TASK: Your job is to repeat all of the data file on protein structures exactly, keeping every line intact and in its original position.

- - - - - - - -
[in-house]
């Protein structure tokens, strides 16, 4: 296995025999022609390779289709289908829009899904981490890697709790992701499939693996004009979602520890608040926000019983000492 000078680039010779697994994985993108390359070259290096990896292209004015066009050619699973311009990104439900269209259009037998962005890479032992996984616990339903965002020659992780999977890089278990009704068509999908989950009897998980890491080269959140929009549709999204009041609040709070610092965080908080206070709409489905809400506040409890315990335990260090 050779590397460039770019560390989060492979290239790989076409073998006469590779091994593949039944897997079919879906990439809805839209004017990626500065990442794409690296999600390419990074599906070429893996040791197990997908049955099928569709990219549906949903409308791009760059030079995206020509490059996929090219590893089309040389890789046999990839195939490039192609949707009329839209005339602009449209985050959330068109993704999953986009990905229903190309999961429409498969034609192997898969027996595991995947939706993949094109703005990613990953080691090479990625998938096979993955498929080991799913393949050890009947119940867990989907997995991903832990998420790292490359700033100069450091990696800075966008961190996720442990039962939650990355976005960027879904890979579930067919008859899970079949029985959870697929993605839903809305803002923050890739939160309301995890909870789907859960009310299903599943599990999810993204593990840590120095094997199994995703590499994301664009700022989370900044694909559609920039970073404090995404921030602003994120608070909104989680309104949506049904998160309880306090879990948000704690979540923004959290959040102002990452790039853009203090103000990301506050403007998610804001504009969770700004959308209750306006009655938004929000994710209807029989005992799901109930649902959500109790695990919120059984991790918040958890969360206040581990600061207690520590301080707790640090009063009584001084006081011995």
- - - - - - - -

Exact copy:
[in-house]
């Protein structure tokens, strides 16, 4: 296995025999022609390779289709289908829009899904981490890697709790992701499939693996004009979602520890608040926000019983000492 000078680039010779697994994985993108390359070259290096990896292209004015066009050619699973311009990104439900269209259009037998962005890479032992996984616990339903965002020659992780999977890089278990009704068509999908989950009897998980890491080269959140929009549709999204009041609040709070610092965080908080206070709409489905809400506040409890315990335990260090 050779590397460039770019560390989060492979290239790989076409073998006469590779091994593949039944897997079919879906990439809805839209004017990626500065990442794409690296999600390419990074599906070429893996040791197990997908049955099928569709990219549906949903409308791009760059030079995206020509490059996929090219590893089309040389890789046999990839195939490039192609949707009329839209005339602009449209985050959330068109993704999953986009990905229903190309999961429409498969034609192997898969027996595991995947939706993949094109703005990613990953080691090479990625998938096979993955498929080991799913393949050890009947119940867990989907997995991903832990998420790292490359700033100069450091990696800075966008961190996720442990039962939650990355976005960027879904890979579930067919008859899970079949029985959870697929993605839903809305803002923050890739939160309301995890909870789907859960009310299903599943599990999810993204593990840590120095094997199994995703590499994301664009700022989370900044694909559609920039970073404090995404921030602003994120608070909104989680309104949506049904998160309880306090879990948000704690979540923004959290959040102002990452790039853009203090103000990301506050403007998610804001504009969770700004959308209750306006009655938004929000994710209807029989005992799901109930649902959500109790695990919120059984991790918040958890969360206040581990600061207690520590301080707790640090009063009584001084006081011995």